Rindge petition zoning articles seek to slow town growth

  • The Rindge Meetinghouse Staff photo by Ben Conant

Monadnock Ledger-Transcript
Published: 1/15/2020 4:48:10 PM
Modified: 1/15/2020 4:47:15 PM

A pair of petition zoning articles seek to slow down the development in Rindge, by bringing back two previous town ordinances – impact fees and a growth management ordinance.

The articles would have to be approved by voters in March, but according to town officials, even if voters pass the articles, they cannot be implemented the way they are written. 

The first of the two articles would reinstate an impact fee ordinance in Rindge. Impact fees are an additional cost that must be paid when a new home or development is built, and is based on the additional burden the new building would have on police, fire, highway, water or sewer departments.

Rindge once had an impact fee ordinance, approved by the voters in 2003, but the public rescinded the fees in 2017.

The second article would reinstate the town’s growth management ordinance, a zoning restriction which sunset in 2010 and was never renewed. The ordinance would limit the number of building permits that can be issued in a calendar year for residential construction.

As written, the articles don’t specify the amount of the impact fees the town should charge, or the number of building permits it could issue. Those omissions mean even if the voters approve the articles in March, they can’t be enforced.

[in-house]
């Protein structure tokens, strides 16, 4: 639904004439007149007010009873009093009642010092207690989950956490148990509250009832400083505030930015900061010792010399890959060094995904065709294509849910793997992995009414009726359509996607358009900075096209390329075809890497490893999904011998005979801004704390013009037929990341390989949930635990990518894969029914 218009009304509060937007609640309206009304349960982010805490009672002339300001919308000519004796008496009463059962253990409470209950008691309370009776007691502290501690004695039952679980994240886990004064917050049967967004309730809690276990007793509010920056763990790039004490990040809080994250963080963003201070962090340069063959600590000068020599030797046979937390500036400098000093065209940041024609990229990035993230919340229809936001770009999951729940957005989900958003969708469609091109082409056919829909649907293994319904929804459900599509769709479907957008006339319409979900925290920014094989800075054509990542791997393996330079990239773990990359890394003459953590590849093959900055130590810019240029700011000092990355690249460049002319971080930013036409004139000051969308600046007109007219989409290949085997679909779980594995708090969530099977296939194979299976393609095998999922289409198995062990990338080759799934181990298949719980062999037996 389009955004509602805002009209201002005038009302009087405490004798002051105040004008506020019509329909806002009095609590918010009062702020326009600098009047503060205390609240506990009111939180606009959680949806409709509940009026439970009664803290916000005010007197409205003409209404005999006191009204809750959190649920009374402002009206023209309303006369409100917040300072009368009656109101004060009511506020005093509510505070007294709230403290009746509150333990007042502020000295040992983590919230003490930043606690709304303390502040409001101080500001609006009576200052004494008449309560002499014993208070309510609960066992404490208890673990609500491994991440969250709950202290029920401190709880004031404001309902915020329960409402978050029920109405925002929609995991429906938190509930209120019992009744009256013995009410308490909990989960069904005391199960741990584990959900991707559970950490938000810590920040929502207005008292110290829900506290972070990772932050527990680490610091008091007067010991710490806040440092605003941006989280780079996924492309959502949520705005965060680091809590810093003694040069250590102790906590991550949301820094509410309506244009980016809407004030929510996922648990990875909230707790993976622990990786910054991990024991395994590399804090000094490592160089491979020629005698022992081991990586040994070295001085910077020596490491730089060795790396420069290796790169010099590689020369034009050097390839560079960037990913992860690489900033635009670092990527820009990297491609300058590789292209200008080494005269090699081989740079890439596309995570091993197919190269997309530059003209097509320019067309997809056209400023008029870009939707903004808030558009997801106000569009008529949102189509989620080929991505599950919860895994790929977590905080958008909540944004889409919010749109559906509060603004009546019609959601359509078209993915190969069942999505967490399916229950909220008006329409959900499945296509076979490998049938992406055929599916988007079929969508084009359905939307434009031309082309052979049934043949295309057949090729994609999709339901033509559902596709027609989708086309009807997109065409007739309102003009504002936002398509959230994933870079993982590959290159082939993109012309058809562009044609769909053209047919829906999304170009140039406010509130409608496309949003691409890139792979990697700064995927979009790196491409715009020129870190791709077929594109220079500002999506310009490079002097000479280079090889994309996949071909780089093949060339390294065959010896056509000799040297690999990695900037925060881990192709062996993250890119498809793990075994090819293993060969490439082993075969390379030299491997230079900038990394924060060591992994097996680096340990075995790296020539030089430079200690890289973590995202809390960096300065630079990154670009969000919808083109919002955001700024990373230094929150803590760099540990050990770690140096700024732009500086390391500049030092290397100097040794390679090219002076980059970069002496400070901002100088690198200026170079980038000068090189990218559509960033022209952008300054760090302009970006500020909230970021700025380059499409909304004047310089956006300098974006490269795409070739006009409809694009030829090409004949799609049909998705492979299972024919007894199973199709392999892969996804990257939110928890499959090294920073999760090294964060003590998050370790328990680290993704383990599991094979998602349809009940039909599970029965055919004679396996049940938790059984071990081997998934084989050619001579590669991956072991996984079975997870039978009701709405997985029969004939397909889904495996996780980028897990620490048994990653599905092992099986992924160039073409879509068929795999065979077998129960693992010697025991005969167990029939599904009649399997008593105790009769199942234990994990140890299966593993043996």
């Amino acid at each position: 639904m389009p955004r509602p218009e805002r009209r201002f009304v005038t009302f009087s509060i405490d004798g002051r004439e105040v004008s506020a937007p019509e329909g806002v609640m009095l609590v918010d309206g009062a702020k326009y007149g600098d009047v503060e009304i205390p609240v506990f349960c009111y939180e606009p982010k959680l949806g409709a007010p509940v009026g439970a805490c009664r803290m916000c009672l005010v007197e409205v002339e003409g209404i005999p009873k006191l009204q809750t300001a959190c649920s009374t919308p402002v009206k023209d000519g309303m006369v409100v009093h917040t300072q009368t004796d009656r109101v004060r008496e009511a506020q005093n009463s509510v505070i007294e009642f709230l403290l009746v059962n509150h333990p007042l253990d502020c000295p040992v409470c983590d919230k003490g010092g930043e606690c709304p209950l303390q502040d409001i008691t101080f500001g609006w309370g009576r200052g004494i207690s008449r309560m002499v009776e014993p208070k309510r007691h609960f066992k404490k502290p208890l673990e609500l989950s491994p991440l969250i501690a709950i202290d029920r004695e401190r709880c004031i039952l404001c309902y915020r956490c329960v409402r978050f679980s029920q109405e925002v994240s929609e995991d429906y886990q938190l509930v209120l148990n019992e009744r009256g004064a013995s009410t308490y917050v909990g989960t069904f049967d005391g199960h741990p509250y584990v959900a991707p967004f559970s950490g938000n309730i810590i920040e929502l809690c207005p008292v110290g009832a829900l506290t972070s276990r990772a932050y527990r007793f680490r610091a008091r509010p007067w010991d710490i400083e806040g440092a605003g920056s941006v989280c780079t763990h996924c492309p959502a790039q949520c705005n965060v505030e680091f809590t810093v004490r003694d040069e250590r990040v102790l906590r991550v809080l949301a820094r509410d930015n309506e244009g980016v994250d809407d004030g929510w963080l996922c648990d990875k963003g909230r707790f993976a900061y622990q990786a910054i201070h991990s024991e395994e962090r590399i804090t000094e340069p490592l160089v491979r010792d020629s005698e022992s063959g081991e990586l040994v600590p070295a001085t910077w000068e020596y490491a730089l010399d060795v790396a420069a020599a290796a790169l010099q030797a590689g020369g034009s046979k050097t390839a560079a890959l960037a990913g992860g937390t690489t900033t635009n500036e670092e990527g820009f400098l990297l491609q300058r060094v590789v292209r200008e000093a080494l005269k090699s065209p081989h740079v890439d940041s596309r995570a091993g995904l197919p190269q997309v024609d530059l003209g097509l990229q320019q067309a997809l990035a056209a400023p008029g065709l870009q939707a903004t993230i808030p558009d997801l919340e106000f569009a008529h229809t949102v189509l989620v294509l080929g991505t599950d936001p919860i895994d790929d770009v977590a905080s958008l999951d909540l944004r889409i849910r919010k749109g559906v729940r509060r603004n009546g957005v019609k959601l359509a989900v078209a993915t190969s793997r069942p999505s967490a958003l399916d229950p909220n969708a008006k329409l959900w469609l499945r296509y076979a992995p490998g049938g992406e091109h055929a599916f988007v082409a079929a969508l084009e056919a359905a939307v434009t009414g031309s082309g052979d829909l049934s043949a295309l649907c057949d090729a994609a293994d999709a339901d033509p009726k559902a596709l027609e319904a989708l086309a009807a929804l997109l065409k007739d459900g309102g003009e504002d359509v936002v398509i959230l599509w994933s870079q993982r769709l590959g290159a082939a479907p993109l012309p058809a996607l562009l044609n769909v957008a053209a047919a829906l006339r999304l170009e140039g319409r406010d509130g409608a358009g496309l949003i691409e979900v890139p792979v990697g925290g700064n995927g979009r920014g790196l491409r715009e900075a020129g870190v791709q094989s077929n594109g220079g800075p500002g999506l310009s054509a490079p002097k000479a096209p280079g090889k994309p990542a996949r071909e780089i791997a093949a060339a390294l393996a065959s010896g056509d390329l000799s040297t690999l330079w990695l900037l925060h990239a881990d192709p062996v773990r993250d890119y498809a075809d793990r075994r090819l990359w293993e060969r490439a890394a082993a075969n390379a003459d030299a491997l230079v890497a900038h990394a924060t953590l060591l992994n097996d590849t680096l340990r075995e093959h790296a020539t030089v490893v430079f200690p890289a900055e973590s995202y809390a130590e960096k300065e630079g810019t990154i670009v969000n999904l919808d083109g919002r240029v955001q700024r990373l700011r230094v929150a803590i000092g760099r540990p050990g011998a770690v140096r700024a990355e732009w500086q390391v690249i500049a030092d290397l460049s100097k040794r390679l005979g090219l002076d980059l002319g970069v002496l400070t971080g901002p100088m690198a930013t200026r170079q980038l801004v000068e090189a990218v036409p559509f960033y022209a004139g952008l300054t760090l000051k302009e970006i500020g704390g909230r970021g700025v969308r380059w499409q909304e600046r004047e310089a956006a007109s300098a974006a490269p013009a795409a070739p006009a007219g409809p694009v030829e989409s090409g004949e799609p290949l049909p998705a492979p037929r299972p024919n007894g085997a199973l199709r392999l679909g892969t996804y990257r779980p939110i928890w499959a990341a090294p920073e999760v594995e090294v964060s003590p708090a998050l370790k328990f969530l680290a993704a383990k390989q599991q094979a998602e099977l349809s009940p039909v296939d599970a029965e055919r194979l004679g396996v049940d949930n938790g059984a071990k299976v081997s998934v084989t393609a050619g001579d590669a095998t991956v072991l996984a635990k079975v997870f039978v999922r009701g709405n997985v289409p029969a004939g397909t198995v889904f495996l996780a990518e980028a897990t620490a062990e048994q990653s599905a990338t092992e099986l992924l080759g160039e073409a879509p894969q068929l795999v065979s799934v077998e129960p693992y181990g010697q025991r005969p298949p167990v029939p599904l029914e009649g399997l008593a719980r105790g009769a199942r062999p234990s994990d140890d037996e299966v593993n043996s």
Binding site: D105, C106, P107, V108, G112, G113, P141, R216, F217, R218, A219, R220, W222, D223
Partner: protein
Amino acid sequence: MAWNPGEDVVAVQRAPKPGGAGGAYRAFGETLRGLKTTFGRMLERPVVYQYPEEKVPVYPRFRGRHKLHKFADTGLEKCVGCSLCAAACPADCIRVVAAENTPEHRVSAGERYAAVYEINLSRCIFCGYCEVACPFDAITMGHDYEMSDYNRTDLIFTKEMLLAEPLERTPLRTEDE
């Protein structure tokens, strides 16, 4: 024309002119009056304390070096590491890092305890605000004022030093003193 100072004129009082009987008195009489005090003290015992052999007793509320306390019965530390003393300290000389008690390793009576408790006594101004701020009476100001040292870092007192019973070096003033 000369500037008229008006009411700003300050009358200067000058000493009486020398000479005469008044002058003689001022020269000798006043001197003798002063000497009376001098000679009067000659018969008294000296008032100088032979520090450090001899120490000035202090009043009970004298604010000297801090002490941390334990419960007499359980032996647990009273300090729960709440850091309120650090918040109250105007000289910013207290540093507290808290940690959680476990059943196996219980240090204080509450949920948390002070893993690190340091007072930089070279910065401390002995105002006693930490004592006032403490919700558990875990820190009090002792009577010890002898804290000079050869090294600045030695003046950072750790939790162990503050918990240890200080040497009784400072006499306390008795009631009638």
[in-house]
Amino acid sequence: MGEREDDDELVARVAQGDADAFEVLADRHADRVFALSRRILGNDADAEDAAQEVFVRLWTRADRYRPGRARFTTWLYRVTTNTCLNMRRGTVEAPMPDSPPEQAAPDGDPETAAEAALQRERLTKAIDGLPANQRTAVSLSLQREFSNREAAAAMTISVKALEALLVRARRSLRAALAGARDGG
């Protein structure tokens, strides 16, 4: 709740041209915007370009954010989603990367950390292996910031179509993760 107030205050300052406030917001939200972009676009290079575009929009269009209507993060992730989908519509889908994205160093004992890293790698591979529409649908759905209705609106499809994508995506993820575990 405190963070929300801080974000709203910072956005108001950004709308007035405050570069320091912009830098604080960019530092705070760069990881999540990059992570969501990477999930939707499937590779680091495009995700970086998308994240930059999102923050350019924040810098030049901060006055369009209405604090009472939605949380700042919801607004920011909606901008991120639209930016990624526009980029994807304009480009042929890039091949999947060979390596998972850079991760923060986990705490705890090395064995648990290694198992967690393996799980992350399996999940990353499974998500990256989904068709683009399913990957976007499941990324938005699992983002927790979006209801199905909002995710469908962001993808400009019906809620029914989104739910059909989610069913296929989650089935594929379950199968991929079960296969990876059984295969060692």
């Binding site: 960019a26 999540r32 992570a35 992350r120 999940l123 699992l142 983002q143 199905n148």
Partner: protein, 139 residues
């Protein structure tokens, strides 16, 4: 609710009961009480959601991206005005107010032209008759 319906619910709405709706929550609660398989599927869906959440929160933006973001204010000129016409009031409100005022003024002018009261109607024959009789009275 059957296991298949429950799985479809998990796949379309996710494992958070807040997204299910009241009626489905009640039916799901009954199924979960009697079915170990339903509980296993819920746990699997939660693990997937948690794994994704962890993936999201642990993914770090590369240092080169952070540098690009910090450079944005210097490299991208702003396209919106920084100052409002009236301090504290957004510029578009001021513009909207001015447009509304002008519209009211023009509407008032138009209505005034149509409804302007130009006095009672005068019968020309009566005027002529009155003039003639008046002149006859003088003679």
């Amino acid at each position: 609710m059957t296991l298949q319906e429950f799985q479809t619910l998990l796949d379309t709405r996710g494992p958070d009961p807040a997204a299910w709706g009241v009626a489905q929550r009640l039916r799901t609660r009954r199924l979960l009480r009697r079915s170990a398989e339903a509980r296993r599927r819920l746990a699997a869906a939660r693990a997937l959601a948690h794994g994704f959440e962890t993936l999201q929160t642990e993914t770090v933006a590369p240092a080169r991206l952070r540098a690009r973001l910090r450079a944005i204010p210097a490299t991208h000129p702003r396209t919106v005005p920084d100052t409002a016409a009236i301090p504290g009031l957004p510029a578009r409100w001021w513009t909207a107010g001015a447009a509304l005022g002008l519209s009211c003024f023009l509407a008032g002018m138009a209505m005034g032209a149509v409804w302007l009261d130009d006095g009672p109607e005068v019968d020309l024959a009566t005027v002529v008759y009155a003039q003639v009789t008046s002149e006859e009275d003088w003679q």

Selectwoman and Planning Board ex-officio Roberta Oeser said the town has consulted its lawyer, and confirmed the articles aren’t enforceable. 

The growth management ordinance in particular is problematic, because it is a short-term measure meant to provide towns time to come up with a capital improvement plan to accommodate growth, and requires a study of capital deficiencies and a sunset date, neither of which is provided with the petition article, Oeser said.

“It’s not that the Planning Board doesn’t hear you, but we’re governed by statute,” Oeser said. “I understand people are really passionate about this subject, but the Planning Board is only allowed to do what we’re allowed to do.”

However, Planning Director Kirk Stenersen said, they could serve as a guidepost to the town’s Planning Board about the current feelings of the public towards Rindge’s development. If the articles pass, the Planning Board could take the next year to craft more formal ordinances to put before the voting public in 2021, for example.

“I think that would be wise on the Planning Board’s part. If they do pass, that’s the town saying, ‘We need to look into this, and see what we can do,’” Stenersen said. 

Those who signed the petition to put the articles on March’s warrant, said they’ve seen the growth in Rindge accelerate, and they want it to slow down.

Helen Hoyt of Rindge said she’s lived in town 62 years, and she’s seen the change first hand.

Hoyt, who signed both petitions, said she’s particularly concerned about large developments which have gotten approvals in recent years.

“It has to slow down,” she said. “In a few years, it’s going to be ridiculous. At one time, we were smaller than Jaffrey. Not anymore. There’s going to be no land around here at all soon. It’ll be like a city, and there’s no way to keep up with it.”

By statute, petition warrant articles must be placed on the ballot as they are written, so the articles will appear on the town warrant in March, unamended for the public to vote on, even if they can not be implemented. 


Ashley Saari can be reached at 924-7172 ext. 244 or asaari@ledgertranscript.com. She’s on Twitter @AshleySaariMLT.

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